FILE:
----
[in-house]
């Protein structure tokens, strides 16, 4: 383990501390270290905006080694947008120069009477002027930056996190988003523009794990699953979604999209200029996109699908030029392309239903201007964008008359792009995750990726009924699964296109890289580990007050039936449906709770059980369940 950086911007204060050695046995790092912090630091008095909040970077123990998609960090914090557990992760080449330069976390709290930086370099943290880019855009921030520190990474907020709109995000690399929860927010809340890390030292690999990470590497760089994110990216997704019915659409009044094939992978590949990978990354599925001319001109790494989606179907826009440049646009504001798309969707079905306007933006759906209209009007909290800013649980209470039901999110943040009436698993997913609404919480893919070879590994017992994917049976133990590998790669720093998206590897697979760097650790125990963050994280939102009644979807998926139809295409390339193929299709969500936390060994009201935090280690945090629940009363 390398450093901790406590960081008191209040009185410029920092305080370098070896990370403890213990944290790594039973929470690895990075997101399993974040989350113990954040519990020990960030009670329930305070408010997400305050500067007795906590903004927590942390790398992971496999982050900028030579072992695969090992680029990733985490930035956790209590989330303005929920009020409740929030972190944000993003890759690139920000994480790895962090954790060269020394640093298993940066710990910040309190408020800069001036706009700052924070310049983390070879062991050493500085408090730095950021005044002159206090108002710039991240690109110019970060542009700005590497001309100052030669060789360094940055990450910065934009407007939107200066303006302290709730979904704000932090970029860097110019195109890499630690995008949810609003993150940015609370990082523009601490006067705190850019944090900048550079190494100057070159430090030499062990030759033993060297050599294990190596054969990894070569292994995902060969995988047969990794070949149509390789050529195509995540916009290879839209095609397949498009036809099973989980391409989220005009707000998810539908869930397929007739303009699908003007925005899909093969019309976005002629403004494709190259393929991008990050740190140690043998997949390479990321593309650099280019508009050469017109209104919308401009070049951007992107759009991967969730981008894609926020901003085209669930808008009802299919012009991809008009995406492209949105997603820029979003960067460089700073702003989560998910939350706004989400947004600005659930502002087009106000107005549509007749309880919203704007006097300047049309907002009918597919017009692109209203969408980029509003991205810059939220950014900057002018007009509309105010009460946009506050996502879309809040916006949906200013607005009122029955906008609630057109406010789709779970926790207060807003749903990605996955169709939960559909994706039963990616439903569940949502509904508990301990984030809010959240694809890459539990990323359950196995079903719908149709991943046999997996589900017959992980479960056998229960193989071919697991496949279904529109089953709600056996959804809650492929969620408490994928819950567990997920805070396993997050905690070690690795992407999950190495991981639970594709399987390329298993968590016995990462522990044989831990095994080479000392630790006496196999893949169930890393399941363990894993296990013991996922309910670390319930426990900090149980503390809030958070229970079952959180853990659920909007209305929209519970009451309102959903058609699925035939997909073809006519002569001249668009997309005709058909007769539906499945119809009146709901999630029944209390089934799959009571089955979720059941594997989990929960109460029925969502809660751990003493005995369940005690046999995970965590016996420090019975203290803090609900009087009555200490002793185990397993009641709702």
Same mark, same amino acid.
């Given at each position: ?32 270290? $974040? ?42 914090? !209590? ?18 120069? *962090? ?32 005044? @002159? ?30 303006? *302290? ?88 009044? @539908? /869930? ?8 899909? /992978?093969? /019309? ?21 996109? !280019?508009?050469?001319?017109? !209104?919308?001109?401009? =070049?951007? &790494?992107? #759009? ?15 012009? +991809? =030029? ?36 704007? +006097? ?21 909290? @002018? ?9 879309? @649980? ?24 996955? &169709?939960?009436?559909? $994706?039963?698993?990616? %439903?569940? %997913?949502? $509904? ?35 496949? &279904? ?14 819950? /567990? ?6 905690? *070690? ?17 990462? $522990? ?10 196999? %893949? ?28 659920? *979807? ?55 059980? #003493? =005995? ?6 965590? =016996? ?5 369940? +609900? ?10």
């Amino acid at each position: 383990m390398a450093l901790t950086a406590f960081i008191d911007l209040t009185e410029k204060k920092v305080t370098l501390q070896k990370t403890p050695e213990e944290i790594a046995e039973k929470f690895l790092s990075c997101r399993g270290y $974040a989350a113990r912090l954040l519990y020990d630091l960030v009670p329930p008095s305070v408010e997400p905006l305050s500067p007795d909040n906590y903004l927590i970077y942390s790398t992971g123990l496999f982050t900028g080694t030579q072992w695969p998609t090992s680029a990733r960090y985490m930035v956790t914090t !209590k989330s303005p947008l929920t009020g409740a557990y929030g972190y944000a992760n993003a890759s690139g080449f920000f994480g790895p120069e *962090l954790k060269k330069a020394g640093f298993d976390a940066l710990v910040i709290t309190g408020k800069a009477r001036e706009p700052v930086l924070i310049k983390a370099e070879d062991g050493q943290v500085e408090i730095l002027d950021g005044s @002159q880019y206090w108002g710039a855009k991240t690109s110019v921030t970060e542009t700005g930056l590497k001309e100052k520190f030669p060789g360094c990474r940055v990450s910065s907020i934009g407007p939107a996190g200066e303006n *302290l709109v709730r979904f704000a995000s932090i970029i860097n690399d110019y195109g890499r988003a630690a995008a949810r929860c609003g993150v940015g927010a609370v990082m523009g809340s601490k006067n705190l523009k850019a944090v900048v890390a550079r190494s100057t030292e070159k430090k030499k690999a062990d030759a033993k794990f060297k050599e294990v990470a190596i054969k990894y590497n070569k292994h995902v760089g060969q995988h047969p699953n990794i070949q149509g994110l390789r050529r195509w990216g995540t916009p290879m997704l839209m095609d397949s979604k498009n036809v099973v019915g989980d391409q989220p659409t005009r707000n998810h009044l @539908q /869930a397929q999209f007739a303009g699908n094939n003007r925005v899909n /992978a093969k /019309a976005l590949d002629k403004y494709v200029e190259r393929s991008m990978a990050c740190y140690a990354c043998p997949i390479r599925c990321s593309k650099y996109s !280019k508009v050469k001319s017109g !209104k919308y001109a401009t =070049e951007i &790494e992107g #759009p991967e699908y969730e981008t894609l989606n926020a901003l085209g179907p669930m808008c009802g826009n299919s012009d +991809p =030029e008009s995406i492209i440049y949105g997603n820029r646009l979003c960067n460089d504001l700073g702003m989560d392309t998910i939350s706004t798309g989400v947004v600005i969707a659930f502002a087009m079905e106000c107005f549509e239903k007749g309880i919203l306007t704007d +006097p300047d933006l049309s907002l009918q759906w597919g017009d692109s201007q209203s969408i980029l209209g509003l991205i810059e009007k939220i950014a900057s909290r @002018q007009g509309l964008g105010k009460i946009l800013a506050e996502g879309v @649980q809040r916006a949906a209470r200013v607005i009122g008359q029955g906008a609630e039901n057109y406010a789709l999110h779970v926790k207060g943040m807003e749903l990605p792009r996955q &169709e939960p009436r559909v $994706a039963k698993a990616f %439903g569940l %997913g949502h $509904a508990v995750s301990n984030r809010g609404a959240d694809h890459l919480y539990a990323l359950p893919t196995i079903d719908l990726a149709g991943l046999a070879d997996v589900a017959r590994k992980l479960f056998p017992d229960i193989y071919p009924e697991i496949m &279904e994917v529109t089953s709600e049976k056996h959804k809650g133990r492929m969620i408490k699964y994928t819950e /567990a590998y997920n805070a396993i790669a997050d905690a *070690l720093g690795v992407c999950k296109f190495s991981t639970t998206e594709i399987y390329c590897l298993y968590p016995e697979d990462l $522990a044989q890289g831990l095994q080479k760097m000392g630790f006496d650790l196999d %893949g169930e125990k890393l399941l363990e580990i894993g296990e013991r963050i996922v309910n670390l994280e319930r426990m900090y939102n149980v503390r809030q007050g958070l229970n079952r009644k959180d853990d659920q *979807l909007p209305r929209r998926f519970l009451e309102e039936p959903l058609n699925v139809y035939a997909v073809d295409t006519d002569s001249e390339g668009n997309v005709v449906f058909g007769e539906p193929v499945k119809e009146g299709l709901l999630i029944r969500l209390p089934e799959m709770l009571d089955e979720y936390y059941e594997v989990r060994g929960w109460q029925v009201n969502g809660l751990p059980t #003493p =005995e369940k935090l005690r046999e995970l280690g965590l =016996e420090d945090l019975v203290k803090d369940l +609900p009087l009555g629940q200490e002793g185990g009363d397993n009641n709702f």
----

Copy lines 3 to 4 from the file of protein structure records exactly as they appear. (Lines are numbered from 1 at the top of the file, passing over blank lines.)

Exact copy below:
Same mark, same amino acid.
């Given at each position: ?32 270290? $974040? ?42 914090? !209590? ?18 120069? *962090? ?32 005044? @002159? ?30 303006? *302290? ?88 009044? @539908? /869930? ?8 899909? /992978?093969? /019309? ?21 996109? !280019?508009?050469?001319?017109? !209104?919308?001109?401009? =070049?951007? &790494?992107? #759009? ?15 012009? +991809? =030029? ?36 704007? +006097? ?21 909290? @002018? ?9 879309? @649980? ?24 996955? &169709?939960?009436?559909? $994706?039963?698993?990616? %439903?569940? %997913?949502? $509904? ?35 496949? &279904? ?14 819950? /567990? ?6 905690? *070690? ?17 990462? $522990? ?10 196999? %893949? ?28 659920? *979807? ?55 059980? #003493? =005995? ?6 965590? =016996? ?5 369940? +609900? ?10």